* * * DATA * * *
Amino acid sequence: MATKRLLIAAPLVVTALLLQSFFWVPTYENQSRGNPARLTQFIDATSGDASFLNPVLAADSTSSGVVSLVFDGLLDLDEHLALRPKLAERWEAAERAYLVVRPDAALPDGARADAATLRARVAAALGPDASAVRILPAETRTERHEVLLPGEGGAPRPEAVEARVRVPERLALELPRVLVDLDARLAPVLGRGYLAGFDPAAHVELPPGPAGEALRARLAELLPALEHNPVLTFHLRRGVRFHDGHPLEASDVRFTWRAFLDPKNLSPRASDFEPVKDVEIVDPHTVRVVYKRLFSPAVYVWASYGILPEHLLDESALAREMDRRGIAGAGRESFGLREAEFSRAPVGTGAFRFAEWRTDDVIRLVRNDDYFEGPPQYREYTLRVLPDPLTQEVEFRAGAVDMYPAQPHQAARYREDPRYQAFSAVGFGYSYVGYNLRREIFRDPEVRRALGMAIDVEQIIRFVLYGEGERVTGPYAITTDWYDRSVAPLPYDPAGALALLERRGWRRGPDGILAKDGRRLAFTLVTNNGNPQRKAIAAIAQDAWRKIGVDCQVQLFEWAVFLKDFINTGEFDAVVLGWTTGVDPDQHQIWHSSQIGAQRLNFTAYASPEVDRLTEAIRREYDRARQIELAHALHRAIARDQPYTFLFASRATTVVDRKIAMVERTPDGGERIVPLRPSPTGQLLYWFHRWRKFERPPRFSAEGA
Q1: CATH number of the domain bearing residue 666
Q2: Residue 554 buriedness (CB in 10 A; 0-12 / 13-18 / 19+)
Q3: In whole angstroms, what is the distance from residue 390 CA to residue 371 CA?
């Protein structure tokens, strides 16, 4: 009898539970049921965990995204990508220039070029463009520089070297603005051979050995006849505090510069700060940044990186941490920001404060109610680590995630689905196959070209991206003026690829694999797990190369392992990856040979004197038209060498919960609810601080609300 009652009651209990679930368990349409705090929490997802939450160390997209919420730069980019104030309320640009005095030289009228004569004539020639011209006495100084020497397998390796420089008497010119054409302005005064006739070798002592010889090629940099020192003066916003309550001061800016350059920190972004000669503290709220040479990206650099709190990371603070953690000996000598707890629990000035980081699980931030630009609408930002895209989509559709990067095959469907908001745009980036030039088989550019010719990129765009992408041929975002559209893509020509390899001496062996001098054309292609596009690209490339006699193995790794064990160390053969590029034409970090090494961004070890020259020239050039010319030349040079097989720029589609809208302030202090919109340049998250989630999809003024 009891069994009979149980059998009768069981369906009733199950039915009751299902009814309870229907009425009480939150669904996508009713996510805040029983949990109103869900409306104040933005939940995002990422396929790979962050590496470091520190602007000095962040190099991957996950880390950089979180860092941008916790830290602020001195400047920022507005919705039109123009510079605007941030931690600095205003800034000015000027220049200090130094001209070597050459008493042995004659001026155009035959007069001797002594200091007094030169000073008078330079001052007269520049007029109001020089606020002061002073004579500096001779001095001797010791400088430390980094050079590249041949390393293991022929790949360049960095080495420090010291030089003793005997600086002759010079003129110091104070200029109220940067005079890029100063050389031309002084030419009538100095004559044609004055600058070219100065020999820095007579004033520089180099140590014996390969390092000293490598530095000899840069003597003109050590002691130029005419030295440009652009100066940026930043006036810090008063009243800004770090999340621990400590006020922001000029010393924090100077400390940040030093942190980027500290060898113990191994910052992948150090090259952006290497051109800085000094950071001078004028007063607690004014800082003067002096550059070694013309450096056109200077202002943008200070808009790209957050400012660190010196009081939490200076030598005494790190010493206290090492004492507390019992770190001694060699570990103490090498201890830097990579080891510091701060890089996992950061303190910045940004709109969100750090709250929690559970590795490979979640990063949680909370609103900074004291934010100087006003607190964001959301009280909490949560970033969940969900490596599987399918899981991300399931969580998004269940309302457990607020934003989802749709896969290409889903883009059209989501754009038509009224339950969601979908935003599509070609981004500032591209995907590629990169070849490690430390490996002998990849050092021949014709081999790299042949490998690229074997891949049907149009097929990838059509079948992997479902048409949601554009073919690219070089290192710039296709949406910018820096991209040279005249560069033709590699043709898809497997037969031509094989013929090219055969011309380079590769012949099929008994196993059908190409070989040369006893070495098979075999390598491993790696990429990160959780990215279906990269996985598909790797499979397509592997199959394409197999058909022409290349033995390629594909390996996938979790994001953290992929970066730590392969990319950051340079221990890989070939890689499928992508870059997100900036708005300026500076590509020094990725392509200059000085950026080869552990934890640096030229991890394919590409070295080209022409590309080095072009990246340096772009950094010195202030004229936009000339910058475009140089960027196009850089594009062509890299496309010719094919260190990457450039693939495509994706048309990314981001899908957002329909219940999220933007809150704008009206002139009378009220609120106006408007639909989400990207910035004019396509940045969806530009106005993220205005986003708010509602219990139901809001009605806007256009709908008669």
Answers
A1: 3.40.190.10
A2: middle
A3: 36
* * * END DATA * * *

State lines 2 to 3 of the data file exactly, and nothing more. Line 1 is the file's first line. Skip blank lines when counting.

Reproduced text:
Q1: CATH number of the domain bearing residue 666
Q2: Residue 554 buriedness (CB in 10 A; 0-12 / 13-18 / 19+)